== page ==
No just basic tools but the wrap itself is not off the shelf 3M stuff most use. It's a particular Oracal design and colour. You need it to match all the door jambs and bay etc, however, otherwise you can clearly tell it's wrapped where you see the colour end on the panel. Most greys are either too silver or too charcoal. You need that blue tinted grey with a golden metallic that Atlas has. For the longest time - and I think still - 3M only made 1 grey colour and it's basically dark silver. Most other brands including Oracal had about 16 different greys alone.

    As you can imagine, I got samples of every one and spent ages trying to match it exactly LOL!

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  • no13b_Coupe
    replied
    Yeah bro I might just do that. I got a wrap guy down here so I can pass that on him and get that shit done.
    Might just do that even.
    Or did I misinterpret that and you've got your own machine/stuff you use?

    I read your reply on lysdexia. I didn't even know it was wrapped! Did a decent job of it then.

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  • BLO 767
    replied
    I'm definitely doing it short term too, so let me know if you need any insights - I have the exact colour code / brand that matches Atlas to the point people have tried telling me mine isn't wrapped. Need to buy more and hoping the printing still matches, actually!


    Originally posted by lysdexia View Post

    i wouldn't wrap anything that was intended to be kept long term. the wrap is faded and fucked after a couple of years, and when you remove it the car is covered in glue that often needs a bare metal respray to remove properly. i wouldn't risk it.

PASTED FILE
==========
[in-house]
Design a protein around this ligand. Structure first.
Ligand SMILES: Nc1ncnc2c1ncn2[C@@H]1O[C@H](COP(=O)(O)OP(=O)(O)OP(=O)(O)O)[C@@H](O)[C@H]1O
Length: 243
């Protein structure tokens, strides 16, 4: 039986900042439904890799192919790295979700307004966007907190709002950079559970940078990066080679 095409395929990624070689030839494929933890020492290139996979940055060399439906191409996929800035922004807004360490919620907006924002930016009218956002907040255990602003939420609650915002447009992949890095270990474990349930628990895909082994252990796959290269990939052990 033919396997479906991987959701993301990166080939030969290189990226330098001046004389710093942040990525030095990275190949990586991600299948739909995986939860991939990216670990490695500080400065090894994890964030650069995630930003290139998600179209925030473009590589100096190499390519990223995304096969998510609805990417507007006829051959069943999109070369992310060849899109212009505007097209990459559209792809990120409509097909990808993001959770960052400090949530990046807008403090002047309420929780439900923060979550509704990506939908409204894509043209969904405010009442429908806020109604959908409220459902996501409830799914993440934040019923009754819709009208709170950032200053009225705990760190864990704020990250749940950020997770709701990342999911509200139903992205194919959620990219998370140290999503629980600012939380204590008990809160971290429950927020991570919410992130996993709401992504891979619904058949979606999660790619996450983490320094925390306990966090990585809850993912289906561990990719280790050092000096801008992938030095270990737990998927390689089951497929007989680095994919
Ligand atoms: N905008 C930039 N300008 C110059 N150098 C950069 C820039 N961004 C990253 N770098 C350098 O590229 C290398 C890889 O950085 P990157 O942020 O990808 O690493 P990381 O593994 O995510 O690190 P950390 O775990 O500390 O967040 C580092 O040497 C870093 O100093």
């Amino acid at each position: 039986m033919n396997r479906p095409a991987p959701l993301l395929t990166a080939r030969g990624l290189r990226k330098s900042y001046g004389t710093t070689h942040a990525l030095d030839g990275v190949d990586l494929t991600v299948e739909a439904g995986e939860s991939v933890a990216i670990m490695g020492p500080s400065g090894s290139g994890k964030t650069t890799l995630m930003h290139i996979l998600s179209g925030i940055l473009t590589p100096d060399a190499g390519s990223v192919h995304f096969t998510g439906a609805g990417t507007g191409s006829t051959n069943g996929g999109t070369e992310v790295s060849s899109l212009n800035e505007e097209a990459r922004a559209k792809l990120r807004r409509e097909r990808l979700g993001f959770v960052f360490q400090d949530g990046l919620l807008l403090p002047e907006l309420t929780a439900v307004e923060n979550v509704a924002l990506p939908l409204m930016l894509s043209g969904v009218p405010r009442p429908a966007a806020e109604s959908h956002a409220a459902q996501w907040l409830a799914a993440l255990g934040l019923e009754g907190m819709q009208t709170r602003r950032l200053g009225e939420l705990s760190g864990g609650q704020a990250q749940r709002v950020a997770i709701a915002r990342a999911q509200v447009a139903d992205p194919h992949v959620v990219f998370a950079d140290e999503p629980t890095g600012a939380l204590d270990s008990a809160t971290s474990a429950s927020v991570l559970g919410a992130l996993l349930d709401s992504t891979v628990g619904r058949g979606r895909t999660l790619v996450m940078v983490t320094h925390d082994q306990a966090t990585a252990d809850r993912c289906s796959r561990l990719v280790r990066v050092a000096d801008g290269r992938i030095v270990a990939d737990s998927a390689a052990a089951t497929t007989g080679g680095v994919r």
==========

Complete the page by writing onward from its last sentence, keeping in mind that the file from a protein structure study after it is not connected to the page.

Haha, I'm already there. But it's the pre-prep, wrap quality and process that helps a lot. Making sure the panel is surgically glass flat and clean beforehand, and industrially steaming upon removal.

    Wrap on this is 5 - 6 years old. I've pulled some sections off for the repair of course, and it's mostly fine. Avery make a special solvent (it's just some kind of esterised alcohol I believe) to remove the glue. A sign-writer's saviour.

    However, important to note the car hasn't seen the weather or sun to any great extent, so I wouldn't call my experience typical.

    By far the worst part when wrapping an acrylic car like the VN, is that you risk tearing the paint off when removing. Did do on the crushed front door, as you might imagine! Straight to the primer. I also did that to the roof when I wrapped it years ago (typical thin faded 90s roof paint) and it was always on the list of things to fix, which I've now done.

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  • no13b_Coupe
    replied
    If you need bits and can't source them there's a lad here that owes me a favour or two and has a few base model ones in his paddock.

    If you go with wrap let me know I'm really tempted to get a new guard/bonnet and the new front bar done. I think I mentioned in my thread I want to get it all painted but will need to save some $ to do it all.

    Wrap is a temp idea just to make it look the part for the time. My painter mate is too lazy to do anything so I've gotta source the whole car else where...

    Good to see bulk progress on it

    Leave a comment: